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Author Topic: Common mistakes  (Read 1626 times)

Offline Marc

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Common mistakes
« on: March 26, 2020, 02:49:43 PM »
I have seen a thread on this subject, but not for a bit...  Thought it might be a good time for a refresher for any new hunters visiting this site...

Post some of the mistakes that beginning (or experienced) hunters frequently make:

1) Over-calling.  Sometimes if a bird is coming in fast to aggressive calling, I will continue, but more often than not, it seems to me that over-calling will make that Tom expect the hen to come to him.  I do not think there have been many (if any birds) that did not come in cause I did NOT call enough, but I am certain that I have made birds hang up due to over-calling.

2) Moving from an area too quickly.  I have encountered a number of times I planted myself for a bit on a responding bird, and got up to leave (cause he stopped responding), only to realize that the bird was close...  Possibly due to having more patience, or maybe due to being more lazy, I have in recent years encountered more and more birds which gave an initial gobble, and then approached completely silent right into gun range.

An example which illustrates of both of these issues, a couple years back I was hunting with my young daughter...  After several hours of hunting she was ready to go home (or look for pine cones, or something else).  We had some birds off the property and some distance away that had been gobbling, but not moving any closer.  After a 1/2 hour of occasionally calling to these birds and them not moving, I talked my daughter into breaking out our lunch and snacks (hidden between a couple downed trees).  We kept the noise level down, but ate our lunch, and observed some wildlife with the binoculars in relative silence (no calling) for about 1/2 hour...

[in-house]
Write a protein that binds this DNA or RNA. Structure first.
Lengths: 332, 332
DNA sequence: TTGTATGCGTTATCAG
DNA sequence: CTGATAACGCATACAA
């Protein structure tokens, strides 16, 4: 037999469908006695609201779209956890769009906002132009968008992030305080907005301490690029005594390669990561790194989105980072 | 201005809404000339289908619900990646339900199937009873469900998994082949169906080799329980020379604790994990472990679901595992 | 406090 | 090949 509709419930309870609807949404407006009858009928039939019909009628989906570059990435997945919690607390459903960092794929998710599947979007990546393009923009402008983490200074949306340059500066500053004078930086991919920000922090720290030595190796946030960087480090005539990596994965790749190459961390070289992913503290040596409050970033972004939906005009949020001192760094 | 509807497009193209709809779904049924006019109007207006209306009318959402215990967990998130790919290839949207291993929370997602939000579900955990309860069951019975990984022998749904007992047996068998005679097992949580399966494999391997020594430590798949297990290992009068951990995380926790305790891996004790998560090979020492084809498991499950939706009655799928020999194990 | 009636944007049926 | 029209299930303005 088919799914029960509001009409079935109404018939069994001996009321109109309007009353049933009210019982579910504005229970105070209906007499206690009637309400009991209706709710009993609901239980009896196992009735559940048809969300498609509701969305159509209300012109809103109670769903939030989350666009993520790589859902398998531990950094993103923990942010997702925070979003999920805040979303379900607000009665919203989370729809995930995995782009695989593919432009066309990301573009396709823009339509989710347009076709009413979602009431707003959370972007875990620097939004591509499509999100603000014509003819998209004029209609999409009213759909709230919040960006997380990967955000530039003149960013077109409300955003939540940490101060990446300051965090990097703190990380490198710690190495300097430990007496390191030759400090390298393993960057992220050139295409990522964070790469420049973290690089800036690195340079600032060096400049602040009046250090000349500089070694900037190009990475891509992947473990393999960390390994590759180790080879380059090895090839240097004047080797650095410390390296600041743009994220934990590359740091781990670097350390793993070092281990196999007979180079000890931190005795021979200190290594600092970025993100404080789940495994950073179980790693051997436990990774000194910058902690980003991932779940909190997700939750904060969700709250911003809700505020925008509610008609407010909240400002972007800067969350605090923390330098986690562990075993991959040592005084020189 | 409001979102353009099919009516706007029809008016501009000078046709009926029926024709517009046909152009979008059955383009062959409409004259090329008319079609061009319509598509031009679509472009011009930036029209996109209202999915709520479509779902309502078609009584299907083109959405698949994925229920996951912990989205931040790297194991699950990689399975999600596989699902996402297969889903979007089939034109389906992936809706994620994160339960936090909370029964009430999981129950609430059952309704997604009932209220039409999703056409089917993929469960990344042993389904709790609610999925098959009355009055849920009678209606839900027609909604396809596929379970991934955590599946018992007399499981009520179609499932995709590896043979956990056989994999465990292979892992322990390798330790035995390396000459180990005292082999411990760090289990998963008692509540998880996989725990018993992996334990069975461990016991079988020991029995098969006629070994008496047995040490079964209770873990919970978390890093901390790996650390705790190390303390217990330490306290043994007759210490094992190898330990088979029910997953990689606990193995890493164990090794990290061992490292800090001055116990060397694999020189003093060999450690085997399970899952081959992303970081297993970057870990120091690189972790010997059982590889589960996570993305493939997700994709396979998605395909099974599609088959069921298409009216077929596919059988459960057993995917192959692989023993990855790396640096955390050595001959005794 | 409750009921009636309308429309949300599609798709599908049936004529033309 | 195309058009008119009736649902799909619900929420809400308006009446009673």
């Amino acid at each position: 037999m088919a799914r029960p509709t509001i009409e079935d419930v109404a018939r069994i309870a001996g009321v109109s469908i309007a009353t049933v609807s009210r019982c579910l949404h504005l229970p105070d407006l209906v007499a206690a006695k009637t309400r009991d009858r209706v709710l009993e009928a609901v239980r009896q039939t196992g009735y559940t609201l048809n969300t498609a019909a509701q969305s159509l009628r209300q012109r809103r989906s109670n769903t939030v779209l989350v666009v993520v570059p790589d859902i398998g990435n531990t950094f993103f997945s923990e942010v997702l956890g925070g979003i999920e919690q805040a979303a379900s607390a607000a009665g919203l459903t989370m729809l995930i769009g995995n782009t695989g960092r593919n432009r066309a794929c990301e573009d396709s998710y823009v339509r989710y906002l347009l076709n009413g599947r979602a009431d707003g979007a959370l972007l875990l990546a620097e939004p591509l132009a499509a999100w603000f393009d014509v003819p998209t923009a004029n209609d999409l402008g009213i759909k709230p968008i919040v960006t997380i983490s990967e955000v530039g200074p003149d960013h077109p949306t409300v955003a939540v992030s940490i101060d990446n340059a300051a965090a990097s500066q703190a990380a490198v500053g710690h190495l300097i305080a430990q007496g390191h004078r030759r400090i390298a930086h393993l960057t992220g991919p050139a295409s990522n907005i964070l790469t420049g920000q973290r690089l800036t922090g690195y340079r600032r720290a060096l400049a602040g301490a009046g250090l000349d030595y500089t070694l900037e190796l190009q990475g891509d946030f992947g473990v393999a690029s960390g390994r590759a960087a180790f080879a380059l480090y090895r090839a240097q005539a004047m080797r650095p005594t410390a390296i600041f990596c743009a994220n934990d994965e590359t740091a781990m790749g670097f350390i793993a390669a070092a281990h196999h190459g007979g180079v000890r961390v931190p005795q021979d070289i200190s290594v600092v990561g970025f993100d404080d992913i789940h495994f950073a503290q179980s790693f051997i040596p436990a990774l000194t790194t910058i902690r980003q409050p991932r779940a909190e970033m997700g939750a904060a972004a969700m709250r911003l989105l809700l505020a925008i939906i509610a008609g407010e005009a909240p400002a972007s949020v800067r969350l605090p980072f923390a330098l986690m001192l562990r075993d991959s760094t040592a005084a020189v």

As we packed up to leave, I told my daughter to try her call one more time, and those birds answered right on top of us (we had no idea they were there).  They came out from a tree-line (3 jakes and a tom), and my daughter got to see her first turkey harvested.

3) Sound and movement.  These birds see and hear differently than we do.  Sitting and fidgeting for long periods will likely frighten unseen birds...  As will talking, or clanging calls and gear together.

If I am going to sit for a long period...  I try and either choose, or make an area that hides me from any extraneous movement I might make.  I will sit behind a log or rock that hides me while I eat or stop to rest (and listen) for a bit.  I generally make a series of calls before taking such a break (and hope for the best).  I might even move or cut some brush to make a natural blind for extended periods of sitting.

Also, organize your gear so that it does not "clang" or "bang" together when removing or replacing it.  Turkey hunting is not a good time to watch a YouTube video while waiting for a bird to come in.

4) Avoid calling at birds you can see (if you can).  There will likely be some disagreement on this subject.  But I feel if I can see the bird, he can see me; and if I call when he can see me, he can pinpoint me.  If a bird I can see is leaving the area, I wait until he is behind and obstruction before calling.  There are exceptions to this though.

But calling at a bird that you can see that is coming towards you, is a mistake...  Let him come until he isn't, or until he is in range.  Sometimes un-alerted birds will approach at a painfully slow pace.  Just breath, relax, and let him keep coming.

5) Moving your gun to the bird before he is in range, or not moving it when he is in good range.  I know some will disagree with me on this, but having taken some inexperienced hunters, they often want to move their gun to the bird long before the bird is in range.  If you can see the bird, he can see you.  Let that bird get into good range, and then worry about getting the gun on him...  Or wait until he (or they) are behind an obstruction before moving.

And, unless the bird comes in behind me or to my far right (as a right-handed shooter), I have found that when I do move my gun to a bird in good range, I have a brief moment to get off a clean and ethical shot.  If I have to make a large gun movement to the bird, I do so quickly and decisively, and have generally found that there is a brief moment that the birds head comes up, and gives me a perfect opportunity to make a quick/clean kill-shot.